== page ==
'There seems to be a disconnect between ‘plant-based’ and ‘vegetable-rich...' Mintel talks Gen Z and vegetable consumption

By Mary Ellen Shoup

- Last updated on GMT

©GettyImages / Maria Casinos
©GettyImages / Maria Casinos

Related tags Mintel Gen Z plant-based eating

Despite higher interest in plant-based eating, Gen Z consumers are less likely to shop, prepare, and eat fresh vegetables than any other generation, according to Mintel research.

Even with renewed consumer interest in fresh eating spurred by the pandemic – particularly the uptick in fresh fruit and vegetable consumption – more than a quarter of US Gen Zs say eating enough vegetables feels like a chore, while three in 10 consumers in this age group say it is hard for them to make vegetables taste good, reports Mintel.

“Gen Z is not seeing the need for vegetables and is reporting lower usage of all segments of the category. Veg brands should reconsider their messaging to help Gen Zs understand the importance of veg in their lives,”​ notes Melanie Zanoza Bartelme, a global food analyst at Mintel.

A main reason for this lack of enthusiasm around vegetable consumption could be that vegetable brands simply aren’t targeting this generation, or if they are, traditional marketing methods don’t reach this younger audience who are more likely to respond to influencer marketing and social media platforms such as TikTok, according to Zanoza Bartelme.

“Vegetable brands may be taking for granted that all consumers understand how to create a healthy diet, but this message may not be resonating with Gen Zs. This generation is drawn to plant-based diets, but they may not understand why fiber-rich whole vegetables should be part of their overall eating,”​ she said.

Zanoza Bartelme explained that while more than four in five consumers aged 16-24 say they have consumed a meat-free product in the past six months, that behavior doesn’t necessarily translate to consumption of actual vegetables.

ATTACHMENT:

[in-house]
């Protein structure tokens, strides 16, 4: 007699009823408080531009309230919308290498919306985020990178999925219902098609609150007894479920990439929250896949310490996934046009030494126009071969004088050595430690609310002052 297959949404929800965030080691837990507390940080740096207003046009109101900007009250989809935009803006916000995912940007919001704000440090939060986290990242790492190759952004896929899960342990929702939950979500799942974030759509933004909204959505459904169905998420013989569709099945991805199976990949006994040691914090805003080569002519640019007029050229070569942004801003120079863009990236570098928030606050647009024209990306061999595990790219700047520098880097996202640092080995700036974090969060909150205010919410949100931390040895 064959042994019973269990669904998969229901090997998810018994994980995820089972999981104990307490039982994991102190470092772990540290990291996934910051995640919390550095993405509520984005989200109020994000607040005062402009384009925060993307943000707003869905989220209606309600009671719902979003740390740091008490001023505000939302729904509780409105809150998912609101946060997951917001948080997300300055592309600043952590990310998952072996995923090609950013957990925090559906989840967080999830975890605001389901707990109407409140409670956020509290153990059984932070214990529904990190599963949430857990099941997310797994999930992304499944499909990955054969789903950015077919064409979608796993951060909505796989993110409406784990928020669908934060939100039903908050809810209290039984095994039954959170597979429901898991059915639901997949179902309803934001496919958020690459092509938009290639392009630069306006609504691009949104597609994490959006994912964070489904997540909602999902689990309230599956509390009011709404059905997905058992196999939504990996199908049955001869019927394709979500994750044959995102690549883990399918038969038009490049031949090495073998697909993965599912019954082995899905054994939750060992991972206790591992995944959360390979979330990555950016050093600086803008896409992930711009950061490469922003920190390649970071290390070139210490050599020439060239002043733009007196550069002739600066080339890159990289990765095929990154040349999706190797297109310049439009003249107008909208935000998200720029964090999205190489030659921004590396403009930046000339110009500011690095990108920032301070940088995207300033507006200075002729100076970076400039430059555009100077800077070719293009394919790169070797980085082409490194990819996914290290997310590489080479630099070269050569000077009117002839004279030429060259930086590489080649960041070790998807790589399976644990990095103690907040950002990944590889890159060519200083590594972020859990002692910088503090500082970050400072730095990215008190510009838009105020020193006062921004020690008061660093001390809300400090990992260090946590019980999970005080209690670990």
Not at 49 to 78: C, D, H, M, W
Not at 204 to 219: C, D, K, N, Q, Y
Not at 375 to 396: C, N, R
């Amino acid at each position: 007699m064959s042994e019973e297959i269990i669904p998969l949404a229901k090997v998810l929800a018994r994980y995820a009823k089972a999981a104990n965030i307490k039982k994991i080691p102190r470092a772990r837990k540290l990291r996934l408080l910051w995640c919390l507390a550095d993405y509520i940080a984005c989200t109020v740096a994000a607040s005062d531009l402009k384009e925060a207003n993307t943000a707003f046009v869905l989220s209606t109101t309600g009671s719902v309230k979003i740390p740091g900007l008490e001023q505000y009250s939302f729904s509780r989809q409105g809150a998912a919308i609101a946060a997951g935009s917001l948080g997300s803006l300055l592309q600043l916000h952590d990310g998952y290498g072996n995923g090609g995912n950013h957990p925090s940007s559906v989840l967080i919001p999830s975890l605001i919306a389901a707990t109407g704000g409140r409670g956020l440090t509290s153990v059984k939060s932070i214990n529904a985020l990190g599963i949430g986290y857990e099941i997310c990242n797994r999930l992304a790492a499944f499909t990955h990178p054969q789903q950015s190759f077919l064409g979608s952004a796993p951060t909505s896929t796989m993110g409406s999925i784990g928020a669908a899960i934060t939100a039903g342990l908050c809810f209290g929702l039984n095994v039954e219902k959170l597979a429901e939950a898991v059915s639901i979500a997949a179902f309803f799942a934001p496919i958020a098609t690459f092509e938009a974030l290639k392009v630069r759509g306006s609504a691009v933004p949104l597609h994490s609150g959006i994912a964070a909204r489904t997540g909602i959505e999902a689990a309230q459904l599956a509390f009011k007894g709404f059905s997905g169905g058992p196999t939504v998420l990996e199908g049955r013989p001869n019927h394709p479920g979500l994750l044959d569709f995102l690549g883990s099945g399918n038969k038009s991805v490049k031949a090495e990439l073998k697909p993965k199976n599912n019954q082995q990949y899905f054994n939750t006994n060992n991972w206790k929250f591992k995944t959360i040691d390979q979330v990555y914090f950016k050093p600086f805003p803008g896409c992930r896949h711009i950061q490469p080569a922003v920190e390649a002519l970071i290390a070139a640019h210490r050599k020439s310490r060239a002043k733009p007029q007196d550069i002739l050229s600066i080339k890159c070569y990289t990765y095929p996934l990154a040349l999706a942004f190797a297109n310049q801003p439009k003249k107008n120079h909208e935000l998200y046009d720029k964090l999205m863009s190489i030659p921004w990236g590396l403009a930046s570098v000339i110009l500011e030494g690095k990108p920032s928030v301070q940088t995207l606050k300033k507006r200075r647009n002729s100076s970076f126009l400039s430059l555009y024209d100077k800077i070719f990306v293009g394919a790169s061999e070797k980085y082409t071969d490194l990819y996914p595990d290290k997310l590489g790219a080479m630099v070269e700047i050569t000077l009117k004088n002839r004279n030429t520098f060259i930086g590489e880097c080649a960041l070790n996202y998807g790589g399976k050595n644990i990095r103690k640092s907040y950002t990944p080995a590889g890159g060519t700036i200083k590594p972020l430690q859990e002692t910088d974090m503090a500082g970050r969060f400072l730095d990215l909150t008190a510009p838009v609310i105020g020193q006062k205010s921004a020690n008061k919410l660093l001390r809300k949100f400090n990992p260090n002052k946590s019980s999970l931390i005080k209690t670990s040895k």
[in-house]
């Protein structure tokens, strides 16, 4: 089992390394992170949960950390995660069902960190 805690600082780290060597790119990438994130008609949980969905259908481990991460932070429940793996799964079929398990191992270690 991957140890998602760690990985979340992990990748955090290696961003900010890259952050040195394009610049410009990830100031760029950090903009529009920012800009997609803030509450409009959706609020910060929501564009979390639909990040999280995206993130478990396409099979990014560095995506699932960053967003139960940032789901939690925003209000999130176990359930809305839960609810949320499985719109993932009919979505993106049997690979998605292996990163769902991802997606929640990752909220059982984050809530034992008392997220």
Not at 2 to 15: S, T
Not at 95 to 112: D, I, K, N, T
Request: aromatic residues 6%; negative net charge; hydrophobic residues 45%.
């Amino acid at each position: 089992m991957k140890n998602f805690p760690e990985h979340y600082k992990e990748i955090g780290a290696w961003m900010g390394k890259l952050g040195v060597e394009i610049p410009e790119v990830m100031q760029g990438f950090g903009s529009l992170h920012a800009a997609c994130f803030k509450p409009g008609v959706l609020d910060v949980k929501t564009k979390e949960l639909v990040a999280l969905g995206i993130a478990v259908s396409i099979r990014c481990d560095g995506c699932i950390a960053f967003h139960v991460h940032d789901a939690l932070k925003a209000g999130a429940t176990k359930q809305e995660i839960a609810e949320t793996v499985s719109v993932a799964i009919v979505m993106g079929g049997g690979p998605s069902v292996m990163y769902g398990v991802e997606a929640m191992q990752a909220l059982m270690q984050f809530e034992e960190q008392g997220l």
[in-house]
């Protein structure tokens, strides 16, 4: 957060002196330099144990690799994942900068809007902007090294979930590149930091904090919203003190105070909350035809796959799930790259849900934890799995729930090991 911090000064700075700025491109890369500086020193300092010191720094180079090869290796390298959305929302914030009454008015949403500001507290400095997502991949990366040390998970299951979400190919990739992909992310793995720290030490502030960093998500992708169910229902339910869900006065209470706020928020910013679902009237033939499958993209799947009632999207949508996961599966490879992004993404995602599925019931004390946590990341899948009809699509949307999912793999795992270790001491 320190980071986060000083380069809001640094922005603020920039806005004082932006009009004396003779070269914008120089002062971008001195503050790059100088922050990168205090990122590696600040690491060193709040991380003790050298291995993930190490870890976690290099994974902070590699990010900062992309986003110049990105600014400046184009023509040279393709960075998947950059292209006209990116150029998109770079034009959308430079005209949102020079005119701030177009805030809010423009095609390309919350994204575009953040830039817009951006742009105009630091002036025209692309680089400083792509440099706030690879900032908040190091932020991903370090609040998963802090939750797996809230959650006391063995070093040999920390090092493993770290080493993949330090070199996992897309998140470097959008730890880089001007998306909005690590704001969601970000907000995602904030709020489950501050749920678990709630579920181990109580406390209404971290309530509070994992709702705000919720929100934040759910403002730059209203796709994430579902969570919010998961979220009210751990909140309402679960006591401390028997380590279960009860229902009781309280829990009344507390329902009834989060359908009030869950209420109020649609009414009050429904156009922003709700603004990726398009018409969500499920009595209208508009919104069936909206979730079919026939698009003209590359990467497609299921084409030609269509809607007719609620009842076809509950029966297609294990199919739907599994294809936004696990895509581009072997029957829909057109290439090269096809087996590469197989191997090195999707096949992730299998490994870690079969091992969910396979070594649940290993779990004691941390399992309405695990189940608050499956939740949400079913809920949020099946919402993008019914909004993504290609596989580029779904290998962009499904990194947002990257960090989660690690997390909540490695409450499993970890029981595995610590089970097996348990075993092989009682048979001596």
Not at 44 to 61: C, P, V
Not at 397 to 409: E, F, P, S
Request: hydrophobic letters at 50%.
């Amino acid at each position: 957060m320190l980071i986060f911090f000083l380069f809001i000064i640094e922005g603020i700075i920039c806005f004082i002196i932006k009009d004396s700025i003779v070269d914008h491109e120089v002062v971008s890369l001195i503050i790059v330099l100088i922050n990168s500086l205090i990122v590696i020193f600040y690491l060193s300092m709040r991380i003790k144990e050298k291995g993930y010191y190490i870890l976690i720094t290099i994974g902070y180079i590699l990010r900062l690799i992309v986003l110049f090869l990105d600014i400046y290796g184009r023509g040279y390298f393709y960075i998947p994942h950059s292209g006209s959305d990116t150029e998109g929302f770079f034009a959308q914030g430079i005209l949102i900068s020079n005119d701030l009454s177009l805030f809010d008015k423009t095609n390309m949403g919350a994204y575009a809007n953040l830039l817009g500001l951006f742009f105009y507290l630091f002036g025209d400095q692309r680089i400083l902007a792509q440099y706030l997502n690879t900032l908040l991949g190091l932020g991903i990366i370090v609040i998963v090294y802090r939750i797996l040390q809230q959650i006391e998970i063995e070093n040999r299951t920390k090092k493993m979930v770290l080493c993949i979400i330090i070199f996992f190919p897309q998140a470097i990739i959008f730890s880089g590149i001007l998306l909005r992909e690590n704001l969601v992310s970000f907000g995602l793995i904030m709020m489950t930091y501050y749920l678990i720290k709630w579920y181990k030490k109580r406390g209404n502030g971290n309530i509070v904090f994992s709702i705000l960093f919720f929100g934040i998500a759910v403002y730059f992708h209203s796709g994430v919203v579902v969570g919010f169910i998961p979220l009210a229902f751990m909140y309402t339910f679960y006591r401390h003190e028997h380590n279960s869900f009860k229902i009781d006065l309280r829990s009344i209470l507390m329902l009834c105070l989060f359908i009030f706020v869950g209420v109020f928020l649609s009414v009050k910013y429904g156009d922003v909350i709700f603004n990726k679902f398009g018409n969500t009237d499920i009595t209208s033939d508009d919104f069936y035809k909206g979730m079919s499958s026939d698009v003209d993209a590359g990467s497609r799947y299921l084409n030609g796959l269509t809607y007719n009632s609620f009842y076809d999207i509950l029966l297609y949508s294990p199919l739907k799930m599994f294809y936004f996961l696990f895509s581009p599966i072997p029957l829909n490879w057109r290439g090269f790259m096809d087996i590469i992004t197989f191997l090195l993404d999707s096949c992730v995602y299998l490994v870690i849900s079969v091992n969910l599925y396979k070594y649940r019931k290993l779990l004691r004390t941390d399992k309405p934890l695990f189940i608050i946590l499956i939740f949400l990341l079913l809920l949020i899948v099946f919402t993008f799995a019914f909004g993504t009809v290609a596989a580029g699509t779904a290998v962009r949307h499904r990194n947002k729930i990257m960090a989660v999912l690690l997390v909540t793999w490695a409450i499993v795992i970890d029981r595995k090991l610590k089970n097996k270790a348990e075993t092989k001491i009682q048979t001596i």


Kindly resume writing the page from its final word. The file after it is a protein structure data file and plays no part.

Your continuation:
“There seems to be a disconnect between ‘plant-based’ and ‘vegetable-rich,’ and vegetable brands should do more to help Gen Zs see the need for vegetables in a way that will resonate with them,”​ she said.

How to speak to Gen Z

Unsurprisingly, the Gen Z generation is extremely active on social media and many use these platforms to discover and vet new products and services, according to Mintel research. In the UK, for instance, more than three-quarters of Gen Zs think brands can improve their image by partnering with the right social media personalities.

“Vegetable brands can take advantage of this belief in the power of social media to reach Gen Zs where they are. TikTok is one option with great potential. Wherever the source, brands can partner with influencers who are passionate about vegetables and task them with helping Gen Z see veggies as a necessary and cool part of their diet,”​ said Zanoza Bartelme.

Convenience, taste, and fun

In terms of actual messaging, Zanoza Bartelme notes how Gen Z is more likely to care about and prioritize ethical issues from climate change to workers’ rights, and want brands to hold those same values. According to Mintel, more than two-thirds of Canadian Gen Zs care if brands/companies represent their personal values.

One brand doing this well, notes Zanoza Bartelme is Tattooed Chef, which in addition to its packaged vegetable products, on its website discusses its farm-to-table, sustainably grown products and features on-trend flavors and formats such as Mexican street corn and tahini-accented Buddha bowls.

“But the brand also taps into ease of use, saying “we spend the time so you don’t have to,”​ she said.

Convenience, taste, and fun, and offerings that mimic foodservice and restaurant dishes is another effective way to reach Gen Z consumers and encourage vegetable consumption, added Zanoza Bartelme.

Tune into the final segment of the FOOD FOR KIDS virtual summit: Meeting Children’s Nutritional Needs, from Foods to Supplements

Wednesday, Nov. 18th​ at 12 p.m. CST



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